Living within the tension is never easy. However, to weather life in an effective way, it is necessary. Seeking the help of the Almighty and trusted others can help us as we develop some resilience in managing tensions in life.
Place your faith not in the frailness of (humanity) but in the power and glory of the Creator and observe what happens next…
– Donavan Nelson Butler
 Henry David Thoreau. Brainy Quotes. Retrieved on January 13, 2020 from https://www.brainyquote.com/quotes/henry_david_thoreau_153917?src=t_tension.
 See William Bridges, Transitions: Making Sense of Life’s Changes. Cambridge, MA: Perseus Publishing, 1980.
 Donavan Nelson Butler. Goodreads. Retrieved on January 13, 2020 from https://www.goodreads.com/quotes/tag/resilience-quotes.
Copyright Annette M. Lane, 2020
January 3, 2020
Transitioning to a New Year
As we stand on the precipice of a new year, we recognize this transition through a number of rituals: parties, kisses at midnight and New Year’s resolutions. It seems to be part of our collective personhood that we want – and even need – to acknowledge and celebrate transitions from the old to the new.
In the Old Testament, the prophet Samuel acknowledged the Lord’s help through a placed rock – a monument – which he named “Ebenezer” (not to be confused with Ebenezer Scrooge!). This name meant “Hitherto hath the Lord helped us” (1 Samuel 7:12, KJV). This landmark was a physical reminder of the Lord’s help; it would remind the Jews that God who, in the past, helped them, could be trusted for future help too.
As we look towards a new year and a new decade, we can, in our own minds, look back towards the Lord’s help in the past; we may have a physical reminder, such as a notebook containing answers to prayer, or we may simply call to mind the way God has helped us in the past. By doing this, we can look into the new year with confidence; the One who never changes (Hebrews 13:8) will be our helper!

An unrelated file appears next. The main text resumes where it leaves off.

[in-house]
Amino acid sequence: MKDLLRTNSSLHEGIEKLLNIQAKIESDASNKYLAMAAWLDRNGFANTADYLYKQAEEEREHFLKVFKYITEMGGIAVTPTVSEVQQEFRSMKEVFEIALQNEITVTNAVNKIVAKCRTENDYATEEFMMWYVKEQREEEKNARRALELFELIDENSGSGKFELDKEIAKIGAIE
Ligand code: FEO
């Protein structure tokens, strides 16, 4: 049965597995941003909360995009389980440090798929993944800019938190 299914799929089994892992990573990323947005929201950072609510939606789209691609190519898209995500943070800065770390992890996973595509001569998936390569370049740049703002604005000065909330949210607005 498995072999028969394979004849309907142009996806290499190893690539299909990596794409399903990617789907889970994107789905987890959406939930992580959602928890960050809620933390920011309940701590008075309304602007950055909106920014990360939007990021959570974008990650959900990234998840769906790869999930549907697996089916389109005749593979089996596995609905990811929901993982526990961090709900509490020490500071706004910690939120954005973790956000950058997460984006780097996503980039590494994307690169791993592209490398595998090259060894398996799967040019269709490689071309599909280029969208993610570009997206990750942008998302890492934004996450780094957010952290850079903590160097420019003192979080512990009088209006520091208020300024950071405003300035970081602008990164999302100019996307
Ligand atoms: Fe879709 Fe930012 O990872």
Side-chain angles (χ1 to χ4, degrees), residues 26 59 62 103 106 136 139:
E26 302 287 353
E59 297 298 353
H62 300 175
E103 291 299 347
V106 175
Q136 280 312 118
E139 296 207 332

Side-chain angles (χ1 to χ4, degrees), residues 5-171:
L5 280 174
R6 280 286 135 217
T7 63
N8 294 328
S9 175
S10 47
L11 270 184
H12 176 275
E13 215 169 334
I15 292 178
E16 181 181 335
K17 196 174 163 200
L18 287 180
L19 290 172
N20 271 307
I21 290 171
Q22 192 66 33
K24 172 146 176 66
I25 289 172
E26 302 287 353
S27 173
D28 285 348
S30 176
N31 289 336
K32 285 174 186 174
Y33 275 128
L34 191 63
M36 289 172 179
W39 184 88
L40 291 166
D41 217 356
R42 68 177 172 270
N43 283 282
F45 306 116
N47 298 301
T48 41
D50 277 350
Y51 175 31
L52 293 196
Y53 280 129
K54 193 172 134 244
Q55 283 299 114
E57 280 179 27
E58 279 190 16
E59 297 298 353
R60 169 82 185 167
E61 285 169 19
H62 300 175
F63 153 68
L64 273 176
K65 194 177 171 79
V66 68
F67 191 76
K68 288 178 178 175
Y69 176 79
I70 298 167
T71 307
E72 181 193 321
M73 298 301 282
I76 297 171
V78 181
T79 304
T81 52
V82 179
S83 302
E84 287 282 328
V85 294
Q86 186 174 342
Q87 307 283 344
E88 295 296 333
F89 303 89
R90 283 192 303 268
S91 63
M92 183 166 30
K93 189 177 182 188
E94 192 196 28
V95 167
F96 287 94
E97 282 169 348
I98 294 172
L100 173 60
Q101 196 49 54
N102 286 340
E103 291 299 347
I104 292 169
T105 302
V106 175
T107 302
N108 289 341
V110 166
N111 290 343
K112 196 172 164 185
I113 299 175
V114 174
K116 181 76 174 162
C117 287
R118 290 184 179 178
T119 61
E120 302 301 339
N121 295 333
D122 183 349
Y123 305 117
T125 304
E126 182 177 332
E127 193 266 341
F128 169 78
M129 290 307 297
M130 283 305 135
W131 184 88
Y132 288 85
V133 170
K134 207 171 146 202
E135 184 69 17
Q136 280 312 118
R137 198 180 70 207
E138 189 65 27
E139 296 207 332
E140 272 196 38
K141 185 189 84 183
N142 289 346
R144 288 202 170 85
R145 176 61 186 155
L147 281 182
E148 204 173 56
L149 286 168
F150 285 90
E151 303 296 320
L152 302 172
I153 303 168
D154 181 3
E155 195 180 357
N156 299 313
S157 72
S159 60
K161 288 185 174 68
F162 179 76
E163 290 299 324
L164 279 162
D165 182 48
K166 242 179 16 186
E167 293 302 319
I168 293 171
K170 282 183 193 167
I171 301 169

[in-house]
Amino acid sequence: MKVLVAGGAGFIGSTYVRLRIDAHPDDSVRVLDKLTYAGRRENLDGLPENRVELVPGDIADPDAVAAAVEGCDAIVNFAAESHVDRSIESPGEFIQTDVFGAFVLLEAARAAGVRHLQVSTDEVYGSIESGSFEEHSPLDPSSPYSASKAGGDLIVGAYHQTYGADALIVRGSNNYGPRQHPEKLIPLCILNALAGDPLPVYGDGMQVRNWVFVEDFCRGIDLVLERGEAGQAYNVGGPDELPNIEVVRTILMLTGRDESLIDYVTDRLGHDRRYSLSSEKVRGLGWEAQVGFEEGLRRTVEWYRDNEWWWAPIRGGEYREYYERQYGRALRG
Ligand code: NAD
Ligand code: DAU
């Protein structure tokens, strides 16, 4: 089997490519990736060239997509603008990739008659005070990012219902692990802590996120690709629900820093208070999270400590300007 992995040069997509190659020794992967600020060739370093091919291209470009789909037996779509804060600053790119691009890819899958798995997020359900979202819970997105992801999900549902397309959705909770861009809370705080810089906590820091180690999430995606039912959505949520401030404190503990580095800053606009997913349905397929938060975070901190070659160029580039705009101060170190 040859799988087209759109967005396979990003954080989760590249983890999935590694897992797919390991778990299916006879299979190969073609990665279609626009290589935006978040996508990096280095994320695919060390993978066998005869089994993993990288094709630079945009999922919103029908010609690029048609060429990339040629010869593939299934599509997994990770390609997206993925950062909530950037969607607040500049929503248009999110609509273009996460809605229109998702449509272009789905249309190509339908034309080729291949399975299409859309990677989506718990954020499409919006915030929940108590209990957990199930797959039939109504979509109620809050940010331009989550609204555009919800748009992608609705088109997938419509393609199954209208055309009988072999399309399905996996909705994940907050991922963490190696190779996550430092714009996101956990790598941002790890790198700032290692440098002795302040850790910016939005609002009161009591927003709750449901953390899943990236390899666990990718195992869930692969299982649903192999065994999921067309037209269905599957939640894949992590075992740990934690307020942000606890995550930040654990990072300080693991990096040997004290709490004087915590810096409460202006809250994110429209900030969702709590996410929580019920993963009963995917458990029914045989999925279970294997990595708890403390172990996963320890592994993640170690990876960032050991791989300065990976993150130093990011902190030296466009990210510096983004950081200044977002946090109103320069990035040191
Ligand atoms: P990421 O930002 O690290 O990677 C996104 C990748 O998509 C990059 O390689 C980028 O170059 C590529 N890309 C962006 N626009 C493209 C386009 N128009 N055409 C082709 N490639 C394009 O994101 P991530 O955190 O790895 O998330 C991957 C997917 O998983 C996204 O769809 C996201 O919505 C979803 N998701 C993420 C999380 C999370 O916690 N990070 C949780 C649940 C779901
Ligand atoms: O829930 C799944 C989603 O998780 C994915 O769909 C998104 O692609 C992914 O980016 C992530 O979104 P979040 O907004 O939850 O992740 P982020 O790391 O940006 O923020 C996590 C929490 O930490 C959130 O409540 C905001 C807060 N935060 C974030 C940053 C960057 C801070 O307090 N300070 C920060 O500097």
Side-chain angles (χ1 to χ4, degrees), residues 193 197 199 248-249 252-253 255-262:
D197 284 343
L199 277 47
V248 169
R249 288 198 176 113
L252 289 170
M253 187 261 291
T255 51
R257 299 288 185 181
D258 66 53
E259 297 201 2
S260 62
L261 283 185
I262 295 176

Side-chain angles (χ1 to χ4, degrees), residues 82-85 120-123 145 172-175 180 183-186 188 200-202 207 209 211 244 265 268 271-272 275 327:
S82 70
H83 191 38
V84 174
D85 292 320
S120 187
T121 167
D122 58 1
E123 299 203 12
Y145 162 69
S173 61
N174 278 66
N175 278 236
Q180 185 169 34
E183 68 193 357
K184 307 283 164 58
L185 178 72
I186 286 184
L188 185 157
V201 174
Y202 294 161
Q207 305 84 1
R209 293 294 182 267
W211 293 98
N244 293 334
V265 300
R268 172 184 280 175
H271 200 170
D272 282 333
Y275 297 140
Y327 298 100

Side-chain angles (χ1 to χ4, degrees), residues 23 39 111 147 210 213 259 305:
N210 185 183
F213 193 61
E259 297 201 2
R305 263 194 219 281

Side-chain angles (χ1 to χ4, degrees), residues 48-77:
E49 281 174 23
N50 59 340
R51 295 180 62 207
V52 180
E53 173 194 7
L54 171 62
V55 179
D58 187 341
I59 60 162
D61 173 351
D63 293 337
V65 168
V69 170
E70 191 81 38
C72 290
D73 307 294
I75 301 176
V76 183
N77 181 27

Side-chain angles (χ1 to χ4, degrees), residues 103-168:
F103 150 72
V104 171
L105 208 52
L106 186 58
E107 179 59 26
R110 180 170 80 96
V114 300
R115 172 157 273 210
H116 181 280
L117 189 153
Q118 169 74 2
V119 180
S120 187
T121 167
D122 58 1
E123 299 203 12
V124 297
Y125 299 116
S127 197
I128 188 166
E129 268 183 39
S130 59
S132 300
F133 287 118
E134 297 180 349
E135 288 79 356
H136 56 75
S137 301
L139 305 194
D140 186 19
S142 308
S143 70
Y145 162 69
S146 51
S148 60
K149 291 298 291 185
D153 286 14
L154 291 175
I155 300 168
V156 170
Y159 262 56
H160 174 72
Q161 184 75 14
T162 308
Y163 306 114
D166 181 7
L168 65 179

“Here I raise my Ebenezer, hither by Thy help I’ve come. And I hope by Thy good pleasure safely to arrive at home.”
– Robert Robinson 
“What a wonderful thought it is that some of the best days of our lives haven’t even happened yet.”
– Anne Frank 
 Robert Robinson, “Come Thou Fount of Every Blessing,” Sermon Writer.com. Retrieved on December 31, 2019 from https://sermonwriter.com/hymn-stories/come-thou-fount-every-blessing/.
© Marlette Reed 2020
December 15, 2019
The Illusion of Control
For many of us, we gravitate towards a sense of control. Control gives us confidence and a belief that the world – or at least our world – is as it should be. As has been said often, however, the sense of being in control is actually an illusion. This is true, but oh, what a beautiful illusion! How it comforts us and gives us security!
Transitions in life, particularly those that are unplanned, such as job loss, illness, accidents, or relationship breakdown, rock our beliefs about our ability to exercise control in the world. Suddenly, all the hard work, good decisions, and healthy life habits seem to be for naught. We ask ourselves, “Why did this happen?” when we did everything “right.” As noted by author Philip Yancey, at times, the question of “why” never goes away (2013).
Sometimes there is no immediate answer, or at least, not one that sufficiently addresses our angst. And people around us may be of precious little help. They may offer little bits of “wisdom” that have never been put to the test of difficult times. Or, sadly, they may slink away, not knowing what to say, and being afraid of saying the wrong thing. It can leave us feeling abandoned, confused and terrified, because we have lost friends, and may have even lost our life paradigm.
How can we respond in a way that is constructive? First, it is helpful to understand that we may have disappointed others when they have experienced difficult times, just as we now feel disappointed. This may help ease some of the anger and bitterness that is normal to feel when our worlds are rocked. Second, talking to trusted others, whether family members or professionals, may help us to put our difficulties in perspective; by talking about the impact of these unwelcomed transitions in our lives, we can also recognize good things that have and continue to happen. Third, we can ask God to help us in our difficult times. This can involve asking for wisdom to make good decisions in relation to job choices or education, for endurance to undergo necessary but unpleasant health care treatments, and for the grace to address our relationship issues in a constructive manner.